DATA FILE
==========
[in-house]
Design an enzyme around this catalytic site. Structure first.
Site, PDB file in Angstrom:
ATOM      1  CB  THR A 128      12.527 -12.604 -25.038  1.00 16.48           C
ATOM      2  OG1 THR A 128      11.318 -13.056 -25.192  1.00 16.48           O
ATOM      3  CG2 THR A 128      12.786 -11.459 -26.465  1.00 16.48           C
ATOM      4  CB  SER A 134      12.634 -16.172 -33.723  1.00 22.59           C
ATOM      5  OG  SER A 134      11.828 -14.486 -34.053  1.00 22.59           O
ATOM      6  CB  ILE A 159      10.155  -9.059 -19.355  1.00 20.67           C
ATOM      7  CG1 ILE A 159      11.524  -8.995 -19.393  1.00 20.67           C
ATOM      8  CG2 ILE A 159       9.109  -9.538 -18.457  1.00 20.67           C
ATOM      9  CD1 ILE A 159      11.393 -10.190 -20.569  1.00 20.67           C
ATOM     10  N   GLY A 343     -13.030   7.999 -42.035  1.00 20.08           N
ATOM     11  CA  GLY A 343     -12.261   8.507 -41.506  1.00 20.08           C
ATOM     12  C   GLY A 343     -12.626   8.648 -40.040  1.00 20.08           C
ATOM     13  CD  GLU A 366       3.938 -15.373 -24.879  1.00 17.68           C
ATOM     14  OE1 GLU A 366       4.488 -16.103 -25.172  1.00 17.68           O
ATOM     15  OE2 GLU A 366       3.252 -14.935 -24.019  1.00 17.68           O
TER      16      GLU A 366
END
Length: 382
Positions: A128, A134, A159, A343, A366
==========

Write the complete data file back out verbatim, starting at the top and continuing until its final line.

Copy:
[in-house]
Design an enzyme around this catalytic site. Structure first.
Site, PDB file in Angstrom:
ATOM      1  CB  THR A 128      12.527 -12.604 -25.038  1.00 16.48           C
ATOM      2  OG1 THR A 128      11.318 -13.056 -25.192  1.00 16.48           O
ATOM      3  CG2 THR A 128      12.786 -11.459 -26.465  1.00 16.48           C
ATOM      4  CB  SER A 134      12.634 -16.172 -33.723  1.00 22.59           C
ATOM      5  OG  SER A 134      11.828 -14.486 -34.053  1.00 22.59           O
ATOM      6  CB  ILE A 159      10.155  -9.059 -19.355  1.00 20.67           C
ATOM      7  CG1 ILE A 159      11.524  -8.995 -19.393  1.00 20.67           C
ATOM      8  CG2 ILE A 159       9.109  -9.538 -18.457  1.00 20.67           C
ATOM      9  CD1 ILE A 159      11.393 -10.190 -20.569  1.00 20.67           C
ATOM     10  N   GLY A 343     -13.030   7.999 -42.035  1.00 20.08           N
ATOM     11  CA  GLY A 343     -12.261   8.507 -41.506  1.00 20.08           C
ATOM     12  C   GLY A 343     -12.626   8.648 -40.040  1.00 20.08           C
ATOM     13  CD  GLU A 366       3.938 -15.373 -24.879  1.00 17.68           C
ATOM     14  OE1 GLU A 366       4.488 -16.103 -25.172  1.00 17.68           O
ATOM     15  OE2 GLU A 366       3.252 -14.935 -24.019  1.00 17.68           O
TER      16      GLU A 366
END
Length: 382
Positions: A128, A134, A159, A343, A366